Inside the Shell Museum at Glandford

The Shell Museum at Glandford

Exquisite seashells, a collection of fossils and birds’ eggs, local archaeological finds and works of art – the Shell Museum at Glandford is a true cabinest of curiosities, as Sylvia Steele discovers

The signpost warning of an ‘unbridged ford’ deters much of the traffic along the narrow lane, which is flanked by immaculate brick and flint cottages. Often fondly referred to as the ‘model village’ of Glandford, Sir Alfred Jodrell (the former owner of nearby Bayfield Hall Estate) had built the houses around the turn of the 20th century to house local people and their families, whose main occupation was farming and some light industry in the old farm buildings.

Just a short stroll further, and on a grassy knoll overlooking the village is Glandford’s Shell Museum. Behind the black railings, flower-edged paths lead to a building that at first glance resembles a chapel with its Flemish gabled roof. A step inside reveals pristine white walls and a sense of harmony and peace.

Sir Alfred Jodrell built the structure to harmonise with the rest of the village, and he built it specifically for the storage and exhibition of his many artefacts and shells collected over a period of 60 years from around the world and previously stored at Bayfield Hall. After completion of the Shell Museum in 1915, Sir Alfred arranged the exhibits himself with the assistance of his sisters Lady Seale and Mrs. Ind.

Glass-fronted cabinets display shells of every hue and size, iridescent in the light from the unadorned glass windows above; some delicately decorated with ivory cameos, others intricately arranged in baskets, and the stories the shells tell of marine life beneath the sea are truly intriguing.

Among the shells that take pride of place here lies the jagged white jaw of a shark and the huge yellowing teeth of a whale. A bizarre walking stick carved from a shark’s vertebrae lies among fragments of pottery – one is a piece from Pompeii and another is a sugar bowl used by Queen Elizabeth I – together with examples of agate and other donated objects d’art
Glass cabinets at the Shell Museum at Glandford
Outside of the Shell Museum at Glandford
Various shells at the Shell Museum

One that attracts much attention can be found in the delicate paper-thin shell of the Paper Nauttius. The descriptive card tells us this is the protected space built by the female Argonaut octopus as a case to cradle her eggs, before floating through the ocean where the eggs hatch and the young octopuses go their own way.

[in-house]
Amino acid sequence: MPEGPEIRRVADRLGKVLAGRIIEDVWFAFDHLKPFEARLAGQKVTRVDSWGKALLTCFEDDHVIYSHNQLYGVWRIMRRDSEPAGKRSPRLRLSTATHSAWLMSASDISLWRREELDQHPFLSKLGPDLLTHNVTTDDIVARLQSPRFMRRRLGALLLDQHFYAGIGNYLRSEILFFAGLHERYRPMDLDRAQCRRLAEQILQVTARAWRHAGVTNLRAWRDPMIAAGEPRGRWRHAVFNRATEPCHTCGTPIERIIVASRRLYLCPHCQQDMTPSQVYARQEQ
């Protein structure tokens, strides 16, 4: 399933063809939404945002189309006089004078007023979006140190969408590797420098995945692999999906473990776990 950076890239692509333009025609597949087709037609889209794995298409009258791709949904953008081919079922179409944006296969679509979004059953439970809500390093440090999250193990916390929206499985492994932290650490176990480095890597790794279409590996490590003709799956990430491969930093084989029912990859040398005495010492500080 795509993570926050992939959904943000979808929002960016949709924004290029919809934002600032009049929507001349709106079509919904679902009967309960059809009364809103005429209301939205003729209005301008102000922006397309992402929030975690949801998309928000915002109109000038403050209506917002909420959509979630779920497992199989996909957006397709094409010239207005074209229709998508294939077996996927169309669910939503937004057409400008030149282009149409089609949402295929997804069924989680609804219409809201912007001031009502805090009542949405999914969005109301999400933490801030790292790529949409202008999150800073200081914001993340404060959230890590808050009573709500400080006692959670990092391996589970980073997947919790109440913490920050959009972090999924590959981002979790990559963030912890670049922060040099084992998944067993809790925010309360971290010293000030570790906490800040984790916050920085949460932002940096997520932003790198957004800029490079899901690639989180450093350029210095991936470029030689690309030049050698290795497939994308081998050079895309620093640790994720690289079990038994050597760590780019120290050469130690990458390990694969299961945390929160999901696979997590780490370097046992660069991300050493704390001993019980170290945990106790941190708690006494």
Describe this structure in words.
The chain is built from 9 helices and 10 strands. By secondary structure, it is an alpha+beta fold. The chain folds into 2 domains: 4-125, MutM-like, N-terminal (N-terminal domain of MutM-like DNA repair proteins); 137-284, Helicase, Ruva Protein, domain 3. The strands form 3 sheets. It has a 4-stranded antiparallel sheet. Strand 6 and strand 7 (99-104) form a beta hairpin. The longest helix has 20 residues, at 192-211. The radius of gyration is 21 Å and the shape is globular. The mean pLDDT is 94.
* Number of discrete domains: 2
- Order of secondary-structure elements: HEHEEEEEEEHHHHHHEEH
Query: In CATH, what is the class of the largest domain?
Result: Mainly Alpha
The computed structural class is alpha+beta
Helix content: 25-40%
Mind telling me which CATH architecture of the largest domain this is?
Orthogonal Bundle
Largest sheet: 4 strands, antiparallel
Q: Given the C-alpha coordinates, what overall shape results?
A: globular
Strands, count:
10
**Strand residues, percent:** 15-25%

Among the shells that take pride of place here lies the jagged white jaw of a shark and the huge yellowing teeth of a whale. A bizarre walking stick carved from a shark’s vertebrae lies among fragments of pottery – one is a piece from Pompeii and another is a sugar bowl used by Queen Elizabeth I – together with examples of agate and other donated objects d’art.

One particular exhibit that many would say has found its rightful home in a museum of marine ecology is a tapestry depicting the North Norfolk coast, worked by local fisherman John Craske. Together with a painting on the opposite wall, it was presented to the museum by the executors of John Craske’s estate and has attracted much attention.

Glandford’s Shell Museum has a strong claim to be the oldest purpose-built museum in Norfolk – and it contains the finest collection of seashells in the whole of the UK. It’s a place to study Sir Alfred’s prized works of art and has been rightly described as “a rare museum for all who love beautiful things.”

Work on the Shell Museum was carried out by workmen from the estate cottages and who were employed on the Bayfield Estate. Attended by Wendy Gill (who acts as curator and custodian and is also verger of St. Martin’s Church) the Shell Museum is a small private trust that receives no public grants. However, a visit to Glandford’s beautiful Shell Museum wouldn’t be complete without including a glimpse inside St. Martin’s Church – which is sited along a hilltop above the village and looks over the River Glaven as it wends its way to the sea.

The parish church was in ruins by 1730 and it wasn’t until the end of the 19th century that St. Martin’s was rebuilt by Sir Alfred as a memorial to his mother, Adele Monckton Jodrell. He proceeded to decorate the church with everything typical of East Anglian churches – elaborate woodcarving and stained glass windows. A pew occupied by Sir Alfred Jodrell himself has at its head a carving of a dog with its head on his master’s coffin – said to have been copied from Landseer’s famous picture The Shepherd’s Chief Mourner.

Sir Alfred Jodrell died on 15th March 1929. A framed memorial card with his name hangs in the nave. At his request, a monument stands just inside the vestry door that commemorates all those who were actively engaged on the rebuilding of the church.

At his own request, no monument was erected to Sir Alfred Jodrell’s memory, but surely no better memorial could be devised than his charming, fascinating and captivating Shell Museum.

The Shell Museum at Glandford is open until the end of October from 10am-12.30pm and 2-4.30pm. It is closed on Sundays and Mondays. for more details, please contact 01263 740081 or visit www.shellmuseum.org.uk

Stunning pieces at the Shell Museum
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